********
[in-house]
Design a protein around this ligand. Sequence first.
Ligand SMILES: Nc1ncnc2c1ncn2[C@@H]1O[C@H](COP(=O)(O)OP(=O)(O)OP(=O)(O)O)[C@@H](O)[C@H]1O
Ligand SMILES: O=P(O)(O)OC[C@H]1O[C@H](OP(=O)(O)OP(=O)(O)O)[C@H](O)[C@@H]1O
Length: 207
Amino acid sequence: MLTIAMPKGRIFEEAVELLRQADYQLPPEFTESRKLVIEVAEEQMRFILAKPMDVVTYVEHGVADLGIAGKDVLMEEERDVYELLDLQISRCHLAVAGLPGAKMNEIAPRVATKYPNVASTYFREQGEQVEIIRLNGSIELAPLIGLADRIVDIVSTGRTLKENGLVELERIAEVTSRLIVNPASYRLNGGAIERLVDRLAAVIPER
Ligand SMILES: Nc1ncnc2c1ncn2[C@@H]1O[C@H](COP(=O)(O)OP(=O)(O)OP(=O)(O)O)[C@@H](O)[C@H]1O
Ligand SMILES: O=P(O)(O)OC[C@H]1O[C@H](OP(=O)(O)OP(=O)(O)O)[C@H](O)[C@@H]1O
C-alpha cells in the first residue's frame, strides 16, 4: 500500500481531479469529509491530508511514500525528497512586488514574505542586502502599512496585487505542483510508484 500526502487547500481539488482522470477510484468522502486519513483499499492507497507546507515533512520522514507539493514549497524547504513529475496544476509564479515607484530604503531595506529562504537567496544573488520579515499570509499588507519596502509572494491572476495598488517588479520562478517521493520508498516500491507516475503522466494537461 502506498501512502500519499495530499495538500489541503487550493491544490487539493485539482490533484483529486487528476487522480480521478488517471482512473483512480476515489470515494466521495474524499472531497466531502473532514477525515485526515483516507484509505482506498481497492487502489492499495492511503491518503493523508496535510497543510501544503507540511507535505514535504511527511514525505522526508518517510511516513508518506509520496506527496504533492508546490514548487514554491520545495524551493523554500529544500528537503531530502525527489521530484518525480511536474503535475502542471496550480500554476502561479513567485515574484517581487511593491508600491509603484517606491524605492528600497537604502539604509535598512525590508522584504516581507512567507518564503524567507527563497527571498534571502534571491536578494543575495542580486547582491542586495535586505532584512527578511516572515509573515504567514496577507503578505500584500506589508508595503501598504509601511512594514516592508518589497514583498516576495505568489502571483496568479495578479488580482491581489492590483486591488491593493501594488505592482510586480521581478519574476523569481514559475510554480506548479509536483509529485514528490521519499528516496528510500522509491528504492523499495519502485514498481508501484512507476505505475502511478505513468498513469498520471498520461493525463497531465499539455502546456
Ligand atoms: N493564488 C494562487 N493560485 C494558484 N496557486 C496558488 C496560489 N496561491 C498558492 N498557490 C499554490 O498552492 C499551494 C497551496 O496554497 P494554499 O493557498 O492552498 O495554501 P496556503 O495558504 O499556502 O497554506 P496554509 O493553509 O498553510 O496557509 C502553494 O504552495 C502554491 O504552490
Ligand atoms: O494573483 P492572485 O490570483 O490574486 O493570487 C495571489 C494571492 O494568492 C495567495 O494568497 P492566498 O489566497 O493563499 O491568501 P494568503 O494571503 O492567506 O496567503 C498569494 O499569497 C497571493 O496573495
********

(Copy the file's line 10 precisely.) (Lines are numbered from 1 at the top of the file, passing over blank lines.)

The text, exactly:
Ligand atoms: N493564488 C494562487 N493560485 C494558484 N496557486 C496558488 C496560489 N496561491 C498558492 N498557490 C499554490 O498552492 C499551494 C497551496 O496554497 P494554499 O493557498 O492552498 O495554501 P496556503 O495558504 O499556502 O497554506 P496554509 O493553509 O498553510 O496557509 C502553494 O504552495 C502554491 O504552490